Shop our Airplanes Products Drone Products Sales
Thread Tools
Jan 10, 2015, 12:02 PM
less is more
Knoll53's Avatar
Just reading back over this thread, there has been some discussion about control surface layout. Have you decided what your final scheme will be?........so many options, so few planes.
Sign up now
to remove ads between posts
Jan 12, 2015, 05:59 AM
Registered User
miniphase's Avatar
Quote:
Originally Posted by Knoll53
Just reading back over this thread, there has been some discussion about control surface layout. Have you decided what your final scheme will be?........so many options, so few planes.
I'm following your lead with pitch positive flaps Kent. The model is ready to go, but with elevons only at this stage. If the weather doesn't choose to play ball any time soon than I'll cut the flaps in before the maiden.

I'll post some photos at some point in next few days....
Feb 02, 2015, 10:48 AM
less is more
Knoll53's Avatar
Quote:
Originally Posted by miniphase
I'll post some photos at some point in next few days....
Yes.......... will be inspecting the control surface layout with interest.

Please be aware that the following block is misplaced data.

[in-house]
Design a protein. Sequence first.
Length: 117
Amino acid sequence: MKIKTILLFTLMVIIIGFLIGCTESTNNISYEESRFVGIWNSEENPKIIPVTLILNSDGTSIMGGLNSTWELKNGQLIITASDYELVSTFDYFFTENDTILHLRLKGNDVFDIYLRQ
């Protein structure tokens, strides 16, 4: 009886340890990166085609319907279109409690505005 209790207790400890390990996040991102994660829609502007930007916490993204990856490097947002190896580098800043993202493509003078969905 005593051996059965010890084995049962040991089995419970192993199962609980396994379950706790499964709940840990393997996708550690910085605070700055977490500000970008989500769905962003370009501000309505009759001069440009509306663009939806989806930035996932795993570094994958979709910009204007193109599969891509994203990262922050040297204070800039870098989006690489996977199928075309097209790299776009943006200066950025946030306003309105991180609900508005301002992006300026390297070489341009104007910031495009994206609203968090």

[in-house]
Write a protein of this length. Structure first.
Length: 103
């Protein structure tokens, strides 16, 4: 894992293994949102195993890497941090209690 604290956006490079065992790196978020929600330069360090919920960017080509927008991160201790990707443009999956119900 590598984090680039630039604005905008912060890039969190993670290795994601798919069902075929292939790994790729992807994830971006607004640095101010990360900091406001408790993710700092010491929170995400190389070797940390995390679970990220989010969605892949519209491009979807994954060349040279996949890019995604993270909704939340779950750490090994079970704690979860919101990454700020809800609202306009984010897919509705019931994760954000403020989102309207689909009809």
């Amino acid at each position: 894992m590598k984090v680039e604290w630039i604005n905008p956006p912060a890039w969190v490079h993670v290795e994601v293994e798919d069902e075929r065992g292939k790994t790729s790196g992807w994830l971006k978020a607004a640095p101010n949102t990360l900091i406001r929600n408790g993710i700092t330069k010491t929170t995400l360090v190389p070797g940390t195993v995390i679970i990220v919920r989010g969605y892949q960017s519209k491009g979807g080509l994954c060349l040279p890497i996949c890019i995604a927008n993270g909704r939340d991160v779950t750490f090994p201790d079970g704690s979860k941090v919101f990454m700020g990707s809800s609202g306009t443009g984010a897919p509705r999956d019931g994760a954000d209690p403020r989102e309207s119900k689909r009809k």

Feb 09, 2015, 09:57 AM
Registered User
miniphase's Avatar
Still waiting for the wind here. Plan is to test the wing off the slope and then work from there on propulsion.

Flaps are cut in, they run as far inboard as possible and will be pitch positive. Hopefully this will cure the nosing in traits I've experienced in the past.

Also shown in these photos is a little 'pack away' wing i built back in October. This is just over 52" span and breaks down into a small package for hiking. It uses the EH 3/12 section and is a little quicker than I expected! The finish on the smaller wing is a lot better than the 2 metre job (but hey, they're all prototypes atm anyway!), but I used some slightly out of date hardener on one wing and it'a taken on a brownish tint.....there's always something to trip you up isn't there!

Here's the maiden of the smaller wing...

wing test 01 (1 min 36 sec)


....still watching the forecast in readiness for the 2 metre maiden.
Feb 09, 2015, 10:29 AM
less is more
Knoll53's Avatar
Quote:
Originally Posted by miniphase
Flaps are cut in, they run as far inboard as possible and will be pitch positive. Hopefully this will cure the nosing in traits I've experienced in the past..............
....still watching the forecast in readiness for the 2 metre maiden.
The 2 metre job is looking good. The flaps look nicely balanced. Only slightly pitch positive is my guess. Of course that assumes a slow deployment. It should carry a motor well. FWIW, I too think that the flaps extending all the way to the root will solve the elusive nose-inish behavior. If it doesn't, then it's probably time to look at the airfoil.......just thinking out loud.